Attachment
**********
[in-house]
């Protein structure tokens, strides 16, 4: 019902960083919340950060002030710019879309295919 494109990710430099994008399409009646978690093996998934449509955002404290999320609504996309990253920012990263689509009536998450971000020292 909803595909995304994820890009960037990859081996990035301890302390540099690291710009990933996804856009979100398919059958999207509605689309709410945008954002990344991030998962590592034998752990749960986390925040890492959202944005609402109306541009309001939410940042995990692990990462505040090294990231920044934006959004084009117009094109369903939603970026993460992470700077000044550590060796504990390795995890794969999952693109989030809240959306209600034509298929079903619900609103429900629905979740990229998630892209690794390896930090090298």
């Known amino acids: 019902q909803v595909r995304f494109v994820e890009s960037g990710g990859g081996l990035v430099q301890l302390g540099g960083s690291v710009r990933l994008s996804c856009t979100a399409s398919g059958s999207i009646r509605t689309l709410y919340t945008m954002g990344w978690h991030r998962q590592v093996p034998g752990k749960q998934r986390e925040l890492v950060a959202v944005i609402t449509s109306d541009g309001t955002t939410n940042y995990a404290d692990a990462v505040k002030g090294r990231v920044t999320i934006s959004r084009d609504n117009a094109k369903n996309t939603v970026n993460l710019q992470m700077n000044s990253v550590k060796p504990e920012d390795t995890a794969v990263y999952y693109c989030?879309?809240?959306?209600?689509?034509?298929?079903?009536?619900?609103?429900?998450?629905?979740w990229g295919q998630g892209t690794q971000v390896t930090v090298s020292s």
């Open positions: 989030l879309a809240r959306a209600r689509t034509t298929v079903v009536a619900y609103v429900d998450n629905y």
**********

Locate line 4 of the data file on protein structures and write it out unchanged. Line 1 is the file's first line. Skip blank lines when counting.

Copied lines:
């Open positions: 989030l879309a809240r959306a209600r689509t034509t298929v079903v009536a619900y609103v429900d998450n629905y």